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7 Tips for Taking on the Ironman from Donna McConnell

Renata Chlumska  - Adventure athlete who became the first Swedish and Czech woman to climb Mount Everest and in 2005 did a circumnavigate of the lower 48 States of the United States by her own power.

If you’ve ever had an inkling that Ironman could be an exciting challenge, it may be time to dive in. Donna McConnell came on the Tough Girl podcast to share her experience taking on the Ironman in Barcelona and express the need for more women and diverse groups in these races.


The Barcelona Ironman was only Donna’s third triathlon event and her first time running a marathon. Donna proves that nothing has to deter you from taking on a challenge like the Ironman.


Curious about the Ironman? Keep reading for Donna’s tips and experience gearing up for this renowned triathlon. 


Donna’s Tips for Taking on the Ironman

1. Get Inspired by Others


While Donna had a great interest in fitness, it wasn’t until age 46 that she signed up for her first triathlon. Before long, she realized that she enjoyed regular training for endurance events. The Ironman triathlon was something she’d always heard about but thought she would never be able to go the distance.


When she started seeing posts from 10IronWomen, a group working to get more women into triathlons, Donna was inspired. She followed along as the group trained for the Ironman Barcelona and was wowed by their experience in the race.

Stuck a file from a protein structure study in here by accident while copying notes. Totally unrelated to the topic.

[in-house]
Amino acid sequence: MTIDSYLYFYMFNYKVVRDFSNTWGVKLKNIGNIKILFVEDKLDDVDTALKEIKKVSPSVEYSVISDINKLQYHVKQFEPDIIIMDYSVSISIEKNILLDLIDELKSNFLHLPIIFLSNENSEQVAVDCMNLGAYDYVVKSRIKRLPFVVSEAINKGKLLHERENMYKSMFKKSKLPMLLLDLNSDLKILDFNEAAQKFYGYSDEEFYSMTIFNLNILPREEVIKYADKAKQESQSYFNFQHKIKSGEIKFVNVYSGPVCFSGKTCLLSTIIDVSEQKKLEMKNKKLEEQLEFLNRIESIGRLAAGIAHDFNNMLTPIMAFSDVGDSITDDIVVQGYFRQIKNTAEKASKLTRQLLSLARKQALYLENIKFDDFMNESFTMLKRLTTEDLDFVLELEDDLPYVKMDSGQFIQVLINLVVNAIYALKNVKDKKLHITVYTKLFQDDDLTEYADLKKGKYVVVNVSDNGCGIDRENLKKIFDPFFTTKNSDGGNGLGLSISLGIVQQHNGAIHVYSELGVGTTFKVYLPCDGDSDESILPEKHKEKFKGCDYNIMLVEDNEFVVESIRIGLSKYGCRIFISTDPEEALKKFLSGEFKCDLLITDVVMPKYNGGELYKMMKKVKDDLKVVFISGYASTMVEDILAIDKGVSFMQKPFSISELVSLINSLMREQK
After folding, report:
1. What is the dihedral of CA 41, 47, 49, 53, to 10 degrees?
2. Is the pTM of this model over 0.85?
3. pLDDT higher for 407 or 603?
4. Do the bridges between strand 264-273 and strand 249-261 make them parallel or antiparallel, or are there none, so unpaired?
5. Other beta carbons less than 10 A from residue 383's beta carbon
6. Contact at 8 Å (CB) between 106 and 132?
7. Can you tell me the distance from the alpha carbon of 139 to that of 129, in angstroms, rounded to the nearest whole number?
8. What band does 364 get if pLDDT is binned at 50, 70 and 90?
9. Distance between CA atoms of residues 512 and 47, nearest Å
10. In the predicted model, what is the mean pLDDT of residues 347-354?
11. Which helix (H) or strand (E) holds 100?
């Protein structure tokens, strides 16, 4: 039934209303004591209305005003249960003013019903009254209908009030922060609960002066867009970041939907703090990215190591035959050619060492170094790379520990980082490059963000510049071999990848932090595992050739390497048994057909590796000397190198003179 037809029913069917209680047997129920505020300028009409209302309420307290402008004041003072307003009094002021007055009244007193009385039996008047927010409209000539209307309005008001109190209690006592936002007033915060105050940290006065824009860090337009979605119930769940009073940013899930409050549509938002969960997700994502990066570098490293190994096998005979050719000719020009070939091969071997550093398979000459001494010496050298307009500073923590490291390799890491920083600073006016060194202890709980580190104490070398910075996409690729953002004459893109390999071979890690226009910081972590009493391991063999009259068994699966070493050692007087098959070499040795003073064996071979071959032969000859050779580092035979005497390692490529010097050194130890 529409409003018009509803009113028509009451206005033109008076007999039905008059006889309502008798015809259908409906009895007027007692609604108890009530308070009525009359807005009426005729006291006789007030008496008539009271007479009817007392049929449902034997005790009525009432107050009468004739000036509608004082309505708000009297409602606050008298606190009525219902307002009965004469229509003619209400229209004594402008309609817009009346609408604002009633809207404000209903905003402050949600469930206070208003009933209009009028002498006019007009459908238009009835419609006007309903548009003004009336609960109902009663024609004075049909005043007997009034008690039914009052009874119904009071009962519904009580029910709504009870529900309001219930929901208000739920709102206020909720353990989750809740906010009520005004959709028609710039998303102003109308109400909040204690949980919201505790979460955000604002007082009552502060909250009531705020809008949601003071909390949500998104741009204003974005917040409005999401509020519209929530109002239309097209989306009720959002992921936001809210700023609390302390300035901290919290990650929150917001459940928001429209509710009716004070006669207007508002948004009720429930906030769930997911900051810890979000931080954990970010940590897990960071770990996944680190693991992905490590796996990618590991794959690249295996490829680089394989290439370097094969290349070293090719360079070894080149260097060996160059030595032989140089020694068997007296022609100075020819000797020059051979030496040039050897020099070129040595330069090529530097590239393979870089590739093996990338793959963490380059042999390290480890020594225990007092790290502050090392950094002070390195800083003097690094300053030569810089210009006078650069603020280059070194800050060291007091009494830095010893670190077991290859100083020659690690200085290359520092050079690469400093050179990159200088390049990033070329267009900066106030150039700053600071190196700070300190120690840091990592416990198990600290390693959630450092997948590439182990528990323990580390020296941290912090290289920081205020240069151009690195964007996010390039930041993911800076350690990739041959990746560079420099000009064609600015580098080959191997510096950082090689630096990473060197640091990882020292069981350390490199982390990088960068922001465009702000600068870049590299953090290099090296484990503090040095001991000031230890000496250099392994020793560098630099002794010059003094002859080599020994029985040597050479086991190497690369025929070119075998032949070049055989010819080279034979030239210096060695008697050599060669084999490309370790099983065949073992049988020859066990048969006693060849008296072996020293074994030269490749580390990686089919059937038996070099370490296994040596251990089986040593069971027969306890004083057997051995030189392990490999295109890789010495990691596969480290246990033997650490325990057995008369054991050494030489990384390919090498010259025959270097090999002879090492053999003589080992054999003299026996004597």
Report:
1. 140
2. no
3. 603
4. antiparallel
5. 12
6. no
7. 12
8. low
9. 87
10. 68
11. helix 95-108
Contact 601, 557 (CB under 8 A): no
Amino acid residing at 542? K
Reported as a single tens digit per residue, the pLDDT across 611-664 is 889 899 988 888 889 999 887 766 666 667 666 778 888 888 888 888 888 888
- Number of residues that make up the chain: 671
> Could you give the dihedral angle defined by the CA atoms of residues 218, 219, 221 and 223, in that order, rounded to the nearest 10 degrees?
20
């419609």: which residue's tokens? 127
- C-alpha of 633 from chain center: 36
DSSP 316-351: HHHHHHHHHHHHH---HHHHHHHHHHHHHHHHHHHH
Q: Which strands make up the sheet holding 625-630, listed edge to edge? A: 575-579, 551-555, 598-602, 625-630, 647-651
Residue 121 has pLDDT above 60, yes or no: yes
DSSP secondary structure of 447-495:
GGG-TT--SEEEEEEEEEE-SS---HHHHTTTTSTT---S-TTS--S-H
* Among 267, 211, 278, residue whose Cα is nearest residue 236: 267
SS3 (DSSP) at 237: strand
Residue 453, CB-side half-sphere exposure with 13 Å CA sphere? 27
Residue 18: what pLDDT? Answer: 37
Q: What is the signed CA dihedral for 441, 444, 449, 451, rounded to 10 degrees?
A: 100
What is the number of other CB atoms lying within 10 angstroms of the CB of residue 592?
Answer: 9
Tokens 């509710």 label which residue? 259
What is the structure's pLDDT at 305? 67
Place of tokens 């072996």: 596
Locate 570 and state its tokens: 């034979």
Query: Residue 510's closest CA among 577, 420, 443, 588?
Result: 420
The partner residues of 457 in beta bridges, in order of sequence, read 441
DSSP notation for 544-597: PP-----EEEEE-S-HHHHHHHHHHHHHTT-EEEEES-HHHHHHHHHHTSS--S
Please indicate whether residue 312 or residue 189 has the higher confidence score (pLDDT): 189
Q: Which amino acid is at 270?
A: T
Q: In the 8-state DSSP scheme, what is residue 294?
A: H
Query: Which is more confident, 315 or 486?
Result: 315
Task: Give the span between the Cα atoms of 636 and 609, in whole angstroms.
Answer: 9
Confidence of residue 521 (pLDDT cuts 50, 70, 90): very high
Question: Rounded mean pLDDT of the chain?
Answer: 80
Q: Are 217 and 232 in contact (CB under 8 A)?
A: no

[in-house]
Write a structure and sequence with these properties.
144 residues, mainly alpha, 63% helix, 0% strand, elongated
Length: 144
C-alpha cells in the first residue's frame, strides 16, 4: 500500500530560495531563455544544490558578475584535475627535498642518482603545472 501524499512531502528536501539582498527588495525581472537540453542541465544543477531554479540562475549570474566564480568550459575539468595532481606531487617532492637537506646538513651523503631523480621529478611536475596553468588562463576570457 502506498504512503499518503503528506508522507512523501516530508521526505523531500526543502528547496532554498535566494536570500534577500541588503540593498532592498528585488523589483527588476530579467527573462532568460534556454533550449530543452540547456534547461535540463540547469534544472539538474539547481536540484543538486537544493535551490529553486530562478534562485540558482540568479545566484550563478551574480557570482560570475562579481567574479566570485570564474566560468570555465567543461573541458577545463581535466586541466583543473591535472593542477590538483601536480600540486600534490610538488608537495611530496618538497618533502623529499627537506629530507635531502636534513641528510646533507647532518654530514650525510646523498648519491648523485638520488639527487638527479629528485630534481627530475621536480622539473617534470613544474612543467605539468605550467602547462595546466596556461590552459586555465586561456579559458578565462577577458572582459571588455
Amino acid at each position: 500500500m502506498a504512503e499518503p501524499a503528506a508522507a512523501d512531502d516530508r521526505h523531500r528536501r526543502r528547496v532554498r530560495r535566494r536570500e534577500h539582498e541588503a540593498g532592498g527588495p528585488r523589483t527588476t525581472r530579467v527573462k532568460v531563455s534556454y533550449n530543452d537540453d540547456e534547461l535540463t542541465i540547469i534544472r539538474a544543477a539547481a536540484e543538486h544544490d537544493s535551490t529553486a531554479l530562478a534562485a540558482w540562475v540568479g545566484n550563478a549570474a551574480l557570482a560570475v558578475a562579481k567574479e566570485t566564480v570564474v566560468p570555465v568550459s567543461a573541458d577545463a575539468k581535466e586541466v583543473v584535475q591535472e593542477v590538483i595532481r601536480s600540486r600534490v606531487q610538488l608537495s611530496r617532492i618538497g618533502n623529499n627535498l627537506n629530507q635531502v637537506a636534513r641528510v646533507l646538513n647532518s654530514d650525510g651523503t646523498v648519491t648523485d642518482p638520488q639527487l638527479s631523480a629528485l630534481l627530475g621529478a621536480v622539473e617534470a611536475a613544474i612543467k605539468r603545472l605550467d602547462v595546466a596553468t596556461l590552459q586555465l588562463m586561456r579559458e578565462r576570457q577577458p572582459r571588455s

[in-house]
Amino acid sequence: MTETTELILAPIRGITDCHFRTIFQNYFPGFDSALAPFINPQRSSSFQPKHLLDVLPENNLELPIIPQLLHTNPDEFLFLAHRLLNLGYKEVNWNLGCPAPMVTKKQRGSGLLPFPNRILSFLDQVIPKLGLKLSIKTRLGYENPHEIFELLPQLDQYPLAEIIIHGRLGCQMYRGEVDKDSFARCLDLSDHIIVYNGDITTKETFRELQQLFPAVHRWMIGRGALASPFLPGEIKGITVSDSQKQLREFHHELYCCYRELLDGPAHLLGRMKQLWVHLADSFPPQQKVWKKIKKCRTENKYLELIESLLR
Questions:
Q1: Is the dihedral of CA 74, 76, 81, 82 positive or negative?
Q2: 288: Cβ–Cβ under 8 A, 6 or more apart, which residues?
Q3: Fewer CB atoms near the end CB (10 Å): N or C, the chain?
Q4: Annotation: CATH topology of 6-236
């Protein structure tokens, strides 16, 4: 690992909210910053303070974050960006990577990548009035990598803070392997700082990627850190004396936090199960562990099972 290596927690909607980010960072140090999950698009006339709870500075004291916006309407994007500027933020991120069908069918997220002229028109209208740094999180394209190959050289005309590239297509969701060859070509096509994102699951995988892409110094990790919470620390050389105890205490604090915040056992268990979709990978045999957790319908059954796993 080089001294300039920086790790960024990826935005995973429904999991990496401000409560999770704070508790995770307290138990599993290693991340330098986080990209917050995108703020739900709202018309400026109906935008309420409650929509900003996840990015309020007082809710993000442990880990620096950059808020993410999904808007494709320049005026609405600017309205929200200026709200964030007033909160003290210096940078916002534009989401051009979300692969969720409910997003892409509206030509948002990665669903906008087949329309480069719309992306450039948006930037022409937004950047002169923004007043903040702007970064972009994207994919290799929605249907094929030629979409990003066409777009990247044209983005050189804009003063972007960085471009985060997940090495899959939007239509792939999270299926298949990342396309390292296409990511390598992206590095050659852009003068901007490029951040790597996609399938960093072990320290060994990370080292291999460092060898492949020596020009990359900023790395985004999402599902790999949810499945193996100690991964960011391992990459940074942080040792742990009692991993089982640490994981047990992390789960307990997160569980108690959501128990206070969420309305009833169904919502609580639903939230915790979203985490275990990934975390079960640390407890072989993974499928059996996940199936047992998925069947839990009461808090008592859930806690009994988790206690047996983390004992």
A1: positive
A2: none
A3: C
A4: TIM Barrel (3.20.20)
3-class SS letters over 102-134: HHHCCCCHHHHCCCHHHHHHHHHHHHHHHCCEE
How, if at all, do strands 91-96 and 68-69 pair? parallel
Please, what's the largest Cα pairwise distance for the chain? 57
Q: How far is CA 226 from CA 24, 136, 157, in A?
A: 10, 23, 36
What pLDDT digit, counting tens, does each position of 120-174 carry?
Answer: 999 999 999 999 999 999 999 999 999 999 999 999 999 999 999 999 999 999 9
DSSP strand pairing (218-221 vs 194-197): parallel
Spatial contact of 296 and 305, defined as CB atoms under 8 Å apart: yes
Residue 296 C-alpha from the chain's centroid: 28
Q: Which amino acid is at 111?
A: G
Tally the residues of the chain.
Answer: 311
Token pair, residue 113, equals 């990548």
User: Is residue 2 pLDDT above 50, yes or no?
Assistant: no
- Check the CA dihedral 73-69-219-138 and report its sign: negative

Seeing their achievements made Donna decide now was the time to commit. “If I want to do something, no matter how hard it seems, I should just give it a go,” Donna realized.


Finding an inspiring community of Ironman competitors can help motivate you to get involved. Check out the Tough Girl Tribe and other groups to find peers who will inspire you to commit. 

2. Make the Commitment


Taking the next step to sign up and commit is where so many women struggle to follow through. Making the dream a reality requires a lot of courage. For Donna, signing up was somewhat of an impulse and a desire to do something big and bold.


One aspect that pushed Donna to sign up was the desire to represent Black women in the triathlon space. She had seen a great lack of participation of women and women and color. Donna felt that if Black women could see her competing, they might feel encouraged and see that they don’t need to wait until age 50 to do it.


Unsure if you’re ready to commit to the Ironman? Consider your “why”. If you have a purpose that you’re passionate about, following through becomes much more fulfilling.

3. Focus Your Motivation


Training for an endurance event as part of the 10IronWomen group lit a fire in Donna. She’d found that working out just to look good wasn’t very motivating, but working to achieve a goal and compete in an event unlocked a new level of motivation.


“When you have to train specifically for an event, you forget about how you look,” Donna shares. “Those concerns become secondary. What becomes primary is the speed you’re running at and your swimming form. There are so many things to think about that you don’t think about the superficial aspects of fitness.”


Getting into the training for an endurance event like the Ironman can be intimidating. However, with a different point of view, you may gain more from it than your average work out.

4. Enjoy the Moment While Training